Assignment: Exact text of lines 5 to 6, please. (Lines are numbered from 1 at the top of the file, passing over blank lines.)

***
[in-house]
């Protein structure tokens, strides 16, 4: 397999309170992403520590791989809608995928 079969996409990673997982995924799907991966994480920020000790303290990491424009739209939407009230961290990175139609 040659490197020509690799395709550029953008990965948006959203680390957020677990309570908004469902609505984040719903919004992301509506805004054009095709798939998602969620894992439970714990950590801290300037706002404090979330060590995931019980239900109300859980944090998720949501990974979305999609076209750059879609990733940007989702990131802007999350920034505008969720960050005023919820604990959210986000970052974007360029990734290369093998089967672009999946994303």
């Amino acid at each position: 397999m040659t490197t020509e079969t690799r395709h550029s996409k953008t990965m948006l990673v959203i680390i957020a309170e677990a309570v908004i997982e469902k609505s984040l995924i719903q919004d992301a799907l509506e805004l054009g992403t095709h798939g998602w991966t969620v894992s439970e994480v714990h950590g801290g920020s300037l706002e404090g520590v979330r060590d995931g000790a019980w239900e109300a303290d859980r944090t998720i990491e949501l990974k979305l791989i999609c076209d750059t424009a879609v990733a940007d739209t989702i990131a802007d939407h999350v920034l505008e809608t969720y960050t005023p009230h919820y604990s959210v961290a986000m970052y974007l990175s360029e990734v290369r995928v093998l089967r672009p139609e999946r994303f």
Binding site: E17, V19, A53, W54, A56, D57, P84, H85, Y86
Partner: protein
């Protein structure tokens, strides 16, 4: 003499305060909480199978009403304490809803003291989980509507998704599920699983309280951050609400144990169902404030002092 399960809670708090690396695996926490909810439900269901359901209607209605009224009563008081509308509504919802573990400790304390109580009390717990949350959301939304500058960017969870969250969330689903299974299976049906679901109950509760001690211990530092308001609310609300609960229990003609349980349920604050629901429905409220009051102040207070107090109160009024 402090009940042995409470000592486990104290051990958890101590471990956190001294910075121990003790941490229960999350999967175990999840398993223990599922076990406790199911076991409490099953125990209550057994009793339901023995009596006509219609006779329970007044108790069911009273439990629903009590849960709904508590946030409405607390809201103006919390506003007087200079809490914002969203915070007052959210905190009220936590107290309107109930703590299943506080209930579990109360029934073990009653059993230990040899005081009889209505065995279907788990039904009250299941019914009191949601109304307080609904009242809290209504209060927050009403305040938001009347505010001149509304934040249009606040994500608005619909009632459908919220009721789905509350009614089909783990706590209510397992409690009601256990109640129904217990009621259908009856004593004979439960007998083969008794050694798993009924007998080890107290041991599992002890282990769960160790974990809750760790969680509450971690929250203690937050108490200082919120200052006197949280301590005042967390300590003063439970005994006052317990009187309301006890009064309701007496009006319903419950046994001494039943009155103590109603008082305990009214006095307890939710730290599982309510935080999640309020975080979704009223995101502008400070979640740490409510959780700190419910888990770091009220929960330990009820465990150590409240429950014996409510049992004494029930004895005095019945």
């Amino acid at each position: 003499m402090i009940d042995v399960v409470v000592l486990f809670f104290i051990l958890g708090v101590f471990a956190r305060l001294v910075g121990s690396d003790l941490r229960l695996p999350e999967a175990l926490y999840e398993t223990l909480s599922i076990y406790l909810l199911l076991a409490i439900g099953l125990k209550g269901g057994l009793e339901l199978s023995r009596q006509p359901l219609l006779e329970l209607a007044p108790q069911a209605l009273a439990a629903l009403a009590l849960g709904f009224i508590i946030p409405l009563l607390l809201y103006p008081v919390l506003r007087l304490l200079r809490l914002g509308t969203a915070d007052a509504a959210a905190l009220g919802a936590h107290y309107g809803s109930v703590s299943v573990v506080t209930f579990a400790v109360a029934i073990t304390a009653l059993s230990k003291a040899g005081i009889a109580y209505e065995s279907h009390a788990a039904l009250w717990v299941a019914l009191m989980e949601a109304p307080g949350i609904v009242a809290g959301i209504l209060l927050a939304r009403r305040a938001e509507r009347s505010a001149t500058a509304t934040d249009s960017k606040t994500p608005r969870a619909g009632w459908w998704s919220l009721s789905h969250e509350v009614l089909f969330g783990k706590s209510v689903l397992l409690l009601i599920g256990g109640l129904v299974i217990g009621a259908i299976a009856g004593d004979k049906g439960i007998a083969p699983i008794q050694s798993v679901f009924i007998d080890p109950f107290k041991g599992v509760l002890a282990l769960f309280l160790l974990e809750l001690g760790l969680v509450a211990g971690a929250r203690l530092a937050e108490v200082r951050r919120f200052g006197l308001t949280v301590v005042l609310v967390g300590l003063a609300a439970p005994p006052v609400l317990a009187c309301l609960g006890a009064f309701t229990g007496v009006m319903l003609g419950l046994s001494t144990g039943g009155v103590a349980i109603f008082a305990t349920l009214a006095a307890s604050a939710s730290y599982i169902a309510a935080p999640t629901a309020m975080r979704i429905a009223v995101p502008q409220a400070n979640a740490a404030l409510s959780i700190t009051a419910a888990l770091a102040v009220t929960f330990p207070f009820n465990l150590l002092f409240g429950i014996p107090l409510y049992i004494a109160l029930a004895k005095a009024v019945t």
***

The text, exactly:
Partner: protein
């Protein structure tokens, strides 16, 4: 003499305060909480199978009403304490809803003291989980509507998704599920699983309280951050609400144990169902404030002092 399960809670708090690396695996926490909810439900269901359901209607209605009224009563008081509308509504919802573990400790304390109580009390717990949350959301939304500058960017969870969250969330689903299974299976049906679901109950509760001690211990530092308001609310609300609960229990003609349980349920604050629901429905409220009051102040207070107090109160009024 402090009940042995409470000592486990104290051990958890101590471990956190001294910075121990003790941490229960999350999967175990999840398993223990599922076990406790199911076991409490099953125990209550057994009793339901023995009596006509219609006779329970007044108790069911009273439990629903009590849960709904508590946030409405607390809201103006919390506003007087200079809490914002969203915070007052959210905190009220936590107290309107109930703590299943506080209930579990109360029934073990009653059993230990040899005081009889209505065995279907788990039904009250299941019914009191949601109304307080609904009242809290209504209060927050009403305040938001009347505010001149509304934040249009606040994500608005619909009632459908919220009721789905509350009614089909783990706590209510397992409690009601256990109640129904217990009621259908009856004593004979439960007998083969008794050694798993009924007998080890107290041991599992002890282990769960160790974990809750760790969680509450971690929250203690937050108490200082919120200052006197949280301590005042967390300590003063439970005994006052317990009187309301006890009064309701007496009006319903419950046994001494039943009155103590109603008082305990009214006095307890939710730290599982309510935080999640309020975080979704009223995101502008400070979640740490409510959780700190419910888990770091009220929960330990009820465990150590409240429950014996409510049992004494029930004895005095019945």